ICED TEA VS COLD BREW TEA
Ever heard the term cold brew tea and assumed it was the same as iced tea? You’re not alone – most people don’t differentiate between the two. While both are tea and both are consumed cold, that’s just about all they have in common.
If you’re a tea enthusiast, we know you’d be keen to deep dive into the world of cold teas and understand the major differences between the two variants of tea in question. If the only cup of tea you’d have is a piping hot one, don’t look away as yet. Continue reading so that you don’t miss out on new iced tea flavour profiles which you can unlock by these very different methods of brewing.
First things first, let’s differentiate between the two.
Method of preparation:
Traditional iced tea is prepared by brewing loose leaf tea or tea bags in hot water for a specific duration, depending on the nature of tea being brewed. Upon brewing, the tea leaves are strained, and the hot tea is chilled in the refrigerator before being served over ice. Likes normal hot tea, brewing / steeping time and temperature are crucial in achieving that perfect brew and can always be adjusted to your taste.
Cold brew tea, on the other hand, is rather simple to make. No heat, no obsessive monitoring of temperature or timing and no need of fancy equipment. Just a jar, a strainer and your tea leaves / tea bags would suffice.
Throw in 1 tablespoon of tea for every 1 cup of cold water, cover and refrigerate overnight, or for 6-8 hours. And Voila! Wake up to the most delicious and flavoursome cup of iced tea you would have ever had.
A couple of things to keep in mind:
Loose leaves work best. Experiment with the flavour and intensity of your cold brew by moderating the quantity of the tea leaves. Higher quality tea leaves are intense enough to be reinfused. The second cold brew will be lighter in flavour but just as delectable.
Use filtered cold water. You could also use running tap water if it’s neutral and clean tasting. Remember to avoid distilled water or softened water since this would make the cold brew taste flat – a certain mineral balance is required for a great tasting tea.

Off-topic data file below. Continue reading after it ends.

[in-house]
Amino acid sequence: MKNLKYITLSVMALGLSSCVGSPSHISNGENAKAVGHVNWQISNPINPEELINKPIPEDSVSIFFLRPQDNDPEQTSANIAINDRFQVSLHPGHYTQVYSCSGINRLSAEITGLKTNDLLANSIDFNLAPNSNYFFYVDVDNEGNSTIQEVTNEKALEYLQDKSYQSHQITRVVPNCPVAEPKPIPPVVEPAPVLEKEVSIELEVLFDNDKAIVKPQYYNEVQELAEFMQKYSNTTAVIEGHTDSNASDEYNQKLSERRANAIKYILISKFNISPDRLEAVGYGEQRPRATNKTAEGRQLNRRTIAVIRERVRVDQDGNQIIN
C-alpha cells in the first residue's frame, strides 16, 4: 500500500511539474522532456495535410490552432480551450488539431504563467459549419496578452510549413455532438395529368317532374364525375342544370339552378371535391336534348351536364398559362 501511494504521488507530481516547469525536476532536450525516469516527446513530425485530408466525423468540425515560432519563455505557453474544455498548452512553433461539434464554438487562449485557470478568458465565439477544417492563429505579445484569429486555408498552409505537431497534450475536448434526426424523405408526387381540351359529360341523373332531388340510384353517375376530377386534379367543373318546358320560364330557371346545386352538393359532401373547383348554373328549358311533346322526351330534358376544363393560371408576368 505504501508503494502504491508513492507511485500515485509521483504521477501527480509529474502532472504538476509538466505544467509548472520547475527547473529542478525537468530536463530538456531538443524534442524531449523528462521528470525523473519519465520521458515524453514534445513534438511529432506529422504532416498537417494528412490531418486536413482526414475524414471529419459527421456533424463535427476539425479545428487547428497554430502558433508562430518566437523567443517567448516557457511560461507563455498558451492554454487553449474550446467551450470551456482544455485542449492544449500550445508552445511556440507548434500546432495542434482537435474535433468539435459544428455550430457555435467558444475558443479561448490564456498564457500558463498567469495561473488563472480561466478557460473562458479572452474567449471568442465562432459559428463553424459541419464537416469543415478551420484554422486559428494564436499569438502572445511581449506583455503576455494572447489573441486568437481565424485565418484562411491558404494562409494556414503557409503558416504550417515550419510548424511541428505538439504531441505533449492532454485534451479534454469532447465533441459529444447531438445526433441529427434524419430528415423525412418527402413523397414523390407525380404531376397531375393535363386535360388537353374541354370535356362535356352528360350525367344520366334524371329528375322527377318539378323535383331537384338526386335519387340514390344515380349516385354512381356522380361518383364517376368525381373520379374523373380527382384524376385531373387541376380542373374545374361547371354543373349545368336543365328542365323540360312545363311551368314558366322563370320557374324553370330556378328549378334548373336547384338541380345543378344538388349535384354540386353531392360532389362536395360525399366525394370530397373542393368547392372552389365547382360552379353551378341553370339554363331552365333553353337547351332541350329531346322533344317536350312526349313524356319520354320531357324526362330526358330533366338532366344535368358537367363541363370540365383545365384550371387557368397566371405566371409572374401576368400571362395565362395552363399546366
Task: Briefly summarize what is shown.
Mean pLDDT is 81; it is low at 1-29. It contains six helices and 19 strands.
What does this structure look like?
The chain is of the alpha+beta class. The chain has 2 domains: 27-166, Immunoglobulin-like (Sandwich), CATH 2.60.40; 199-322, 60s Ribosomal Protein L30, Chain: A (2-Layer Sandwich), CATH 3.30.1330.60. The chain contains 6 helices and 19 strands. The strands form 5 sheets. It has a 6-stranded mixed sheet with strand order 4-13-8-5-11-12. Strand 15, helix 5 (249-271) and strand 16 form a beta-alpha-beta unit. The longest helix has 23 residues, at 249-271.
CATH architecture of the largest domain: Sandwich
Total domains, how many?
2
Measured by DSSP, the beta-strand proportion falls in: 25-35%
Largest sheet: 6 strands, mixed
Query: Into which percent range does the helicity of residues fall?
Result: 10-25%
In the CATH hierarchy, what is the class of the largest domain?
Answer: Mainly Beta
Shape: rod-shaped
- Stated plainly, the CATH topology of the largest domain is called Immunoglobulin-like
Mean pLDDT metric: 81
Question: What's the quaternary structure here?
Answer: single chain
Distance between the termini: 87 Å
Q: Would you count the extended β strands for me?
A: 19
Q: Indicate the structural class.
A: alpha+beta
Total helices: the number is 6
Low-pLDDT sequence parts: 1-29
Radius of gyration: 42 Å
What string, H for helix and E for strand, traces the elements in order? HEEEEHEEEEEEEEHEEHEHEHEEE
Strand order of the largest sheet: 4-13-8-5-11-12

The cold brew method is effortless but requires patience and the tea is totally worth the wait!
What happens during the brew?
Hot brewing forcefully extracts all the flavours from the tea, cooking it and altering its the chemical composition. If steeping your tea doesn’t go to plan in terms of time and temperature, you may end up with a bland, watered down version of tea or even worse, a bitter brew that will require more sweetener to make it palatable. Yes, the heat does extract beneficial antioxidants from the tea, but it also releases many bitter tannins and gives rise to a more acidic brew. This is the reason behind commercially bottled hot brew iced teas being loaded with syrups, sugar and artificial flavours.
Contrastingly, the cold brew method doesn’t strip the tea off its flavours, resulting in a more delicate, balanced, naturally sweet and refreshing iced tea flavour. The flavour extraction process is slow, gently releasing nutrients, antioxidants and flavours producing a less bitter, smoother tea with a more pronounced flavour profile. This is owing to the fact that cold water imparts a different balance to the steeping mechanism of the tea. Chemically speaking, cold brewing also implies fewer catechins, fewer tannins and less caffeine which evade the bitterness of tea. In simpler terms, cold brew tea is a lot easier to make and a whole lot more forgiving.
Why cold brew tea?
Easy to prepare and store
Cold brewing, as evident throughout this discussion, is a simpler alternative to the traditional hot brewing method. There’s no need to heat water, monitor the water temperature or keep track of steeping time. You can cold brew black tea or green tea and store it in the refrigerator even for a few days.
Cold brewing imparts fewer tannins to the tea compared to hot brewing. Tannins are polyphenol antioxidant compounds that impart an astringent taste to the tea. Studies show that tannins can inhibit the iron absorption from foods, especially iron that comes from vegetables, grains and nonheme iron.
Less sugar needed
Cold brewing brings out a naturally sweet tea, eliminating the need for adding sugar. For those who like it sweeter, a swirl of honey or a dash of agave syrup is just about enough.
Fewer tannins also result in a smooth tea that has almost neglibigle astringencies, making every sip of cold brew iced tea delicious one.
The highlight of cold brew is the plethora of iced tea flavours that it results in. From mild to strong, fruity to flowery, green to black (to blue and red even), a multitude of options is available for you to choose from.
Yes, traditional iced tea is a faster and more efficient way to make tea if you’re in a hurry. However, at TeaPotions, we believe that the best things in life come to those who wait. Our handcrafted, organic black tea and green tea blends take a lot of planning – both at our end to manufacture, and at your end to cold brew. But the taste and flavour that ensue are incomparable. Start steeping a cold brew tonight!
Got any questions about cold brewing? Tea Masters at TeaPotions are always ready to answer you. Speak to us today.